[Skip to Content]
Access to paid content on this site is currently suspended due to excessive activity being detected from your IP address Please contact the publisher to request reinstatement.
[Skip to Content Landing]
April 1991

Mood-Incongruent Psychotic Affective IllnessA Historical and Empirical Review

Author Affiliations

From the Departments of Psychiatry and Human Genetics, Medical College of Virginia/Virginia Commonwealth University, Richmond.

Arch Gen Psychiatry. 1991;48(4):362-369. doi:10.1001/archpsyc.1991.01810280078012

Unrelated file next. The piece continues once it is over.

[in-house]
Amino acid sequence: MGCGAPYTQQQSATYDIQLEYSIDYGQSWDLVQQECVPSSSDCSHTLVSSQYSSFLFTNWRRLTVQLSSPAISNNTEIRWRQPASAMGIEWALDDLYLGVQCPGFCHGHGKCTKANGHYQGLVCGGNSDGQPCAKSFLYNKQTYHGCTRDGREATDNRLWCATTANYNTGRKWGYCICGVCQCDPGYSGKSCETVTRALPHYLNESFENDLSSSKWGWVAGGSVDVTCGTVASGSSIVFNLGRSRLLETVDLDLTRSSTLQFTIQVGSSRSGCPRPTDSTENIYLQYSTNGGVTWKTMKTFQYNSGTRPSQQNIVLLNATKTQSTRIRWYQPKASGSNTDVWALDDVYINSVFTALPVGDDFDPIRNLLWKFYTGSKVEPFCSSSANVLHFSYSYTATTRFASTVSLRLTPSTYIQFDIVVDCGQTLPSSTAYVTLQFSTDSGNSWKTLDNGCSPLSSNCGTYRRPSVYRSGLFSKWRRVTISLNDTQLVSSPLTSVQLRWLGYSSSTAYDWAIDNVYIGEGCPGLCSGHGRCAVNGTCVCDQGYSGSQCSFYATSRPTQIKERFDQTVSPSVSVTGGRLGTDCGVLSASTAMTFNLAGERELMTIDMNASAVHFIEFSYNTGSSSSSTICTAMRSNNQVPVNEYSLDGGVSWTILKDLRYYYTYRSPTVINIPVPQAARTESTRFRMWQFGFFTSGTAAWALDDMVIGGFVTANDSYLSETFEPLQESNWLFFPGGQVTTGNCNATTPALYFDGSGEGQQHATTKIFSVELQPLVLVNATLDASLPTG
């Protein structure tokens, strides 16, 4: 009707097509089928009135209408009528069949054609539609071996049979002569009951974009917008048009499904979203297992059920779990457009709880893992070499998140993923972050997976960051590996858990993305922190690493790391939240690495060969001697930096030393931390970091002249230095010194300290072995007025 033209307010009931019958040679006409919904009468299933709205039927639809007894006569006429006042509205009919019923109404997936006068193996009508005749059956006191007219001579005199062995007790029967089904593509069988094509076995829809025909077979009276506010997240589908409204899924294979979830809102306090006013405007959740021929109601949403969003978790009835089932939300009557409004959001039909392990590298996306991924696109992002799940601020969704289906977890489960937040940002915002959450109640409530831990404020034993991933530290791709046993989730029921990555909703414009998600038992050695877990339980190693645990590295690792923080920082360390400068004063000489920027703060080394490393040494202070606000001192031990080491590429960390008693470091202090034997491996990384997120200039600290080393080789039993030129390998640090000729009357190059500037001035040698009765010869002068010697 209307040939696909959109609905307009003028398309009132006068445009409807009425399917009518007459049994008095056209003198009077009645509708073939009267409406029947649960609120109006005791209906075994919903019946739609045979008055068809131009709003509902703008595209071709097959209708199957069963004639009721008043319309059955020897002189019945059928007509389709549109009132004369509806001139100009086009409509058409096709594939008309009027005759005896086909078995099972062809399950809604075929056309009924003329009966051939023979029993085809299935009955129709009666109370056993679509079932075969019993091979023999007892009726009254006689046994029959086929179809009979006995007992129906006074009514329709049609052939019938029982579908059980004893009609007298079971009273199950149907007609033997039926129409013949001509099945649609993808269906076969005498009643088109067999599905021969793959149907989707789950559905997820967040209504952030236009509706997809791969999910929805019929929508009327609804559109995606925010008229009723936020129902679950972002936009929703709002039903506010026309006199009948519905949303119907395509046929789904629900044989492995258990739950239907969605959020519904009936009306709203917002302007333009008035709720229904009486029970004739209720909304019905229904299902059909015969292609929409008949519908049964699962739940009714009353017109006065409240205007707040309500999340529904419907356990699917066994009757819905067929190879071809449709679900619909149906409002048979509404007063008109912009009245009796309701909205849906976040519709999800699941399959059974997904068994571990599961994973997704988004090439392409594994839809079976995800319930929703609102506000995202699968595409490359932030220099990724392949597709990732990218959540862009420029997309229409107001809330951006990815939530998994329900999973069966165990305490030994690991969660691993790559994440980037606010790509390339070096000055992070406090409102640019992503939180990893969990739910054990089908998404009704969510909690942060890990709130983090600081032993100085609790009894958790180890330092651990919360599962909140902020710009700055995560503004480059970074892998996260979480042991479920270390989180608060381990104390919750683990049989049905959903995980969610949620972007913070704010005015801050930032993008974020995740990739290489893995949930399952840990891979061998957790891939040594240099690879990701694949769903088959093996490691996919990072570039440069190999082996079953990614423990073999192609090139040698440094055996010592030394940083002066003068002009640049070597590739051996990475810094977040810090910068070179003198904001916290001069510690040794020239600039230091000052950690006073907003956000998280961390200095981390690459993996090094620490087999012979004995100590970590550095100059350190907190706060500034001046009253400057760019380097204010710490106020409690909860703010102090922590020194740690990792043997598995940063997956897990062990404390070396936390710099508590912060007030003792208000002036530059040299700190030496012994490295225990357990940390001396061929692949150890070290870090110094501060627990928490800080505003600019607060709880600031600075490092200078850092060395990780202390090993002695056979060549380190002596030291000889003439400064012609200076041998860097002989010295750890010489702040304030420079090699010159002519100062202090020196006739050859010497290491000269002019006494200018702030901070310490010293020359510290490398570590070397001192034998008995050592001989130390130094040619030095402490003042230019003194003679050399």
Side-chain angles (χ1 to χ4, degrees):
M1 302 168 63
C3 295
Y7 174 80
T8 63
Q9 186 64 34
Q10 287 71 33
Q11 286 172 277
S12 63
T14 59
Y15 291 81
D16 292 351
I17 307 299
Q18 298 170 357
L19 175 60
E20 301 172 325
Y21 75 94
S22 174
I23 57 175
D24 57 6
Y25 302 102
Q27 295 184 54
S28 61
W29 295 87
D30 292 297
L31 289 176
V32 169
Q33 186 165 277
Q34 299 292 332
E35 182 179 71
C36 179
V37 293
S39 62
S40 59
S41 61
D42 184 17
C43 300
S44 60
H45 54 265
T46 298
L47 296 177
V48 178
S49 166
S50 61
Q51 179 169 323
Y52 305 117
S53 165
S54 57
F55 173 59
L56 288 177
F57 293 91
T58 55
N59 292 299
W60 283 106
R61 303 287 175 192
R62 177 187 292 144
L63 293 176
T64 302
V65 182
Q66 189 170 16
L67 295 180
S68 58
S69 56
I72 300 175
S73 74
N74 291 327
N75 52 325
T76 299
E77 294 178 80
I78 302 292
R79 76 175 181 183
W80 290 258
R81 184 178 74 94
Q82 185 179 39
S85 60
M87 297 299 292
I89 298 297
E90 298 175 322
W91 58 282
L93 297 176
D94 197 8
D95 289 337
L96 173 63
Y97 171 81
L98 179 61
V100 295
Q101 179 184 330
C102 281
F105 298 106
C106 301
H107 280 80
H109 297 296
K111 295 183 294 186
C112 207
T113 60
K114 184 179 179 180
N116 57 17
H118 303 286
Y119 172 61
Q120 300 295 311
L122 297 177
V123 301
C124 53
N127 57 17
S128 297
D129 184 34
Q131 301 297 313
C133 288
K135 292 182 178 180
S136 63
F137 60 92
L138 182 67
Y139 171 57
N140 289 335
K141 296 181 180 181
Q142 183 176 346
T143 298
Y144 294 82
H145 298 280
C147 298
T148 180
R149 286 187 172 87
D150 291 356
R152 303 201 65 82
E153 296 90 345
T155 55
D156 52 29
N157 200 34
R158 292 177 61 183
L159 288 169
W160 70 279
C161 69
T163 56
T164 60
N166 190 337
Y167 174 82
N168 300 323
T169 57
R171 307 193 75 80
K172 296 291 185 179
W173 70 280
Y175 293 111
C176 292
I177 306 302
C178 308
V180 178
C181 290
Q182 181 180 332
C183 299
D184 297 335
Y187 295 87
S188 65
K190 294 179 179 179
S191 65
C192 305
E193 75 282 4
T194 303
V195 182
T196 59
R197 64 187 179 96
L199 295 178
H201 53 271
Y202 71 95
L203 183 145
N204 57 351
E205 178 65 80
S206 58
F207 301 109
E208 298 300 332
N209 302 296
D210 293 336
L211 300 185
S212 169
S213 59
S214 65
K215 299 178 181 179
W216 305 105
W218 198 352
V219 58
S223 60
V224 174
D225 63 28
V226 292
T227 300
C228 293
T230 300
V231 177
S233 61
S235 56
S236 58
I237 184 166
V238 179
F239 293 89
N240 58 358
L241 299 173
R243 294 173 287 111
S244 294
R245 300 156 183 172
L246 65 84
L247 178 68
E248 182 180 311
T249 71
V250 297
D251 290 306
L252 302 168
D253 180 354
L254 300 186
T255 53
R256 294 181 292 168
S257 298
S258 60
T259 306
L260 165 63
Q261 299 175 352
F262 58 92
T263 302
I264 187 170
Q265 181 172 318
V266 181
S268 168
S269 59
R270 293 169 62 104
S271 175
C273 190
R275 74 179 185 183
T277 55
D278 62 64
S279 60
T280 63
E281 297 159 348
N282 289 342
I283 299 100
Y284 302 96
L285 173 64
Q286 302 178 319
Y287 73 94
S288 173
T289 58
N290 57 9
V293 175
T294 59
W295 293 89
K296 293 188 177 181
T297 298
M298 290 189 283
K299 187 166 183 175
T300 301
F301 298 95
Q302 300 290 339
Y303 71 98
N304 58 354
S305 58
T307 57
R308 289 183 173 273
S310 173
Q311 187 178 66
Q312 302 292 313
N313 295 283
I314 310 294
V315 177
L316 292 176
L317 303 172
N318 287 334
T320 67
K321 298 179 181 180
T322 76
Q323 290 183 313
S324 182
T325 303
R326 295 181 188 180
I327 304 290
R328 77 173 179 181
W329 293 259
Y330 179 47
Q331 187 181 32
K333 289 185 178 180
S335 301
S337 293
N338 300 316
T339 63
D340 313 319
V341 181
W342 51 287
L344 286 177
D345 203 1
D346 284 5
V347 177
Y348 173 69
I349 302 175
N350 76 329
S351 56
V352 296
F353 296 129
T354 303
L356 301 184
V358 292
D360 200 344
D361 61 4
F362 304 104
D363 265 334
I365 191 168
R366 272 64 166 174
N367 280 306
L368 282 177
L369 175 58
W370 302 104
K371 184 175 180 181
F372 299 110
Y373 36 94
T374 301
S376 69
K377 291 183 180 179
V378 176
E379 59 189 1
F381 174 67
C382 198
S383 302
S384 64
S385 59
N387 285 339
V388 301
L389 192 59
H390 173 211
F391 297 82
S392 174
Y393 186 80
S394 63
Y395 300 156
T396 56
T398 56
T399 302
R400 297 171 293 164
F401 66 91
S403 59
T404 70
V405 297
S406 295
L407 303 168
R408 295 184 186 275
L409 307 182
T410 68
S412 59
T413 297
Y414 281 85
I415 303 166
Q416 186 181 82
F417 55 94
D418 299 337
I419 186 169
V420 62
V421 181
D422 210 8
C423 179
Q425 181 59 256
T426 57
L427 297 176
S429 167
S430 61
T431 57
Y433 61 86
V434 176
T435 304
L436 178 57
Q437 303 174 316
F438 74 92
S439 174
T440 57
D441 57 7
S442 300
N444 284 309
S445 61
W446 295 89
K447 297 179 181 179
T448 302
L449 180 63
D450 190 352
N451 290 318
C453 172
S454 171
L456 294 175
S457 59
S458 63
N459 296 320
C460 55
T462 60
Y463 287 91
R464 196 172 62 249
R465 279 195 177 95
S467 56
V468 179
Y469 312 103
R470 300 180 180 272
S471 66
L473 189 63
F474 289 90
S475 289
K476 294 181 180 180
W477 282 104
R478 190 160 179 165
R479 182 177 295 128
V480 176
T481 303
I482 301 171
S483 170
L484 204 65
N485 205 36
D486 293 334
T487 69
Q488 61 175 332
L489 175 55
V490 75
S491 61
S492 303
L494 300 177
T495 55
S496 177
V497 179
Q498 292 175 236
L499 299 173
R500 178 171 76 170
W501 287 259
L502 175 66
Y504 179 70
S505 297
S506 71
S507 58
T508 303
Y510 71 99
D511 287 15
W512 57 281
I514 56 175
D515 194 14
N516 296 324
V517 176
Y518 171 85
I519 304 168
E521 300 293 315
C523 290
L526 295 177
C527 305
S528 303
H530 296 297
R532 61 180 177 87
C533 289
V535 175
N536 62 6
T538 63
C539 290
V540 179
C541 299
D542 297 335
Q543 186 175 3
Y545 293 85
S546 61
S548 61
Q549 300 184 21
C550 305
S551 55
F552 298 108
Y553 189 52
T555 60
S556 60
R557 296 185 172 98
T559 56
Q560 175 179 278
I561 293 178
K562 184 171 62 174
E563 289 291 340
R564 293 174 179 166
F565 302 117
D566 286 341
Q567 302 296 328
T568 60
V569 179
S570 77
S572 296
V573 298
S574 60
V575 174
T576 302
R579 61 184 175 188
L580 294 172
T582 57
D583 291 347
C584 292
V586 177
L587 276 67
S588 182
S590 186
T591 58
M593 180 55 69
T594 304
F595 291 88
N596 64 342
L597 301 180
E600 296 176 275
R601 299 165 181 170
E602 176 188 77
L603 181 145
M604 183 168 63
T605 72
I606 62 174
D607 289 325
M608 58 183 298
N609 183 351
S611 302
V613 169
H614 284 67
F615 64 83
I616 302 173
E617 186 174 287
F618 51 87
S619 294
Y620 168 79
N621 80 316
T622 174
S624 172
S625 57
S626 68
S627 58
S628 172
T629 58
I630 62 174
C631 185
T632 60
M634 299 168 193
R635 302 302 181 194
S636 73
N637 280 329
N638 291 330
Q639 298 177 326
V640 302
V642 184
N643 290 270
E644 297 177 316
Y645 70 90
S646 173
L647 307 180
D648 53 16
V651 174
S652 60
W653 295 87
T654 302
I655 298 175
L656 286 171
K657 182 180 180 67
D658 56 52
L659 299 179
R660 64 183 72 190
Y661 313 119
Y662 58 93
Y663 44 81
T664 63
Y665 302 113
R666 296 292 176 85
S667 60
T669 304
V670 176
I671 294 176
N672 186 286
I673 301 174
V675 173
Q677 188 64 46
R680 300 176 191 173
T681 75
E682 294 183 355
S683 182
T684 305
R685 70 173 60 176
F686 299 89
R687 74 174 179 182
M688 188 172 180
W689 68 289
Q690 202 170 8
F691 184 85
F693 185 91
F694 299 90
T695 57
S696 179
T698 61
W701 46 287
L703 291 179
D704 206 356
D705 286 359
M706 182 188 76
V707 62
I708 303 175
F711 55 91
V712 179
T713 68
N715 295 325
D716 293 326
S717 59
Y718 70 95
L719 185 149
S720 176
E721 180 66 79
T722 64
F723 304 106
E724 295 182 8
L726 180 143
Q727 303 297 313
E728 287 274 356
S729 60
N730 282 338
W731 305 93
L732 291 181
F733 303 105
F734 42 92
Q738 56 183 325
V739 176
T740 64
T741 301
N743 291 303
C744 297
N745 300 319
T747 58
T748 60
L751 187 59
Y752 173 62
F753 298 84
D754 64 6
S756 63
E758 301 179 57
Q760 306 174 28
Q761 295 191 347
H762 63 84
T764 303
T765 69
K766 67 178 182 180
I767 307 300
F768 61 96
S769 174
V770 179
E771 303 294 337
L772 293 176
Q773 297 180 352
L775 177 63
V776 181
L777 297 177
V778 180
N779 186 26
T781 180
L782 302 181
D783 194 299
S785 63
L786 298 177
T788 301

• The last 80 years has seen considerable controversy about the classification of patients with mood-incongruent psychotic affective illness (MICPAI). Four viewpoints can be articulated: (1) MICPAI is indistinguishable from typical forms of affective illness; (2) MICPAI is a distinct subtype of affective illness; (3) MICPAI is a form of schizoaffective illness; and (4) MICPAI is a form of schizophrenia. Using the concept of diagnostic validators, I reviewed the empirical evidence for the validity of these four viewpoints. The available evidence argues relatively strongly against the first and fourth viewpoints and rather less strongly against the third. Data from diagnostic validators tend to support the second viewpoint, which is that taken by the framers of DSMIII and DSM-III-R.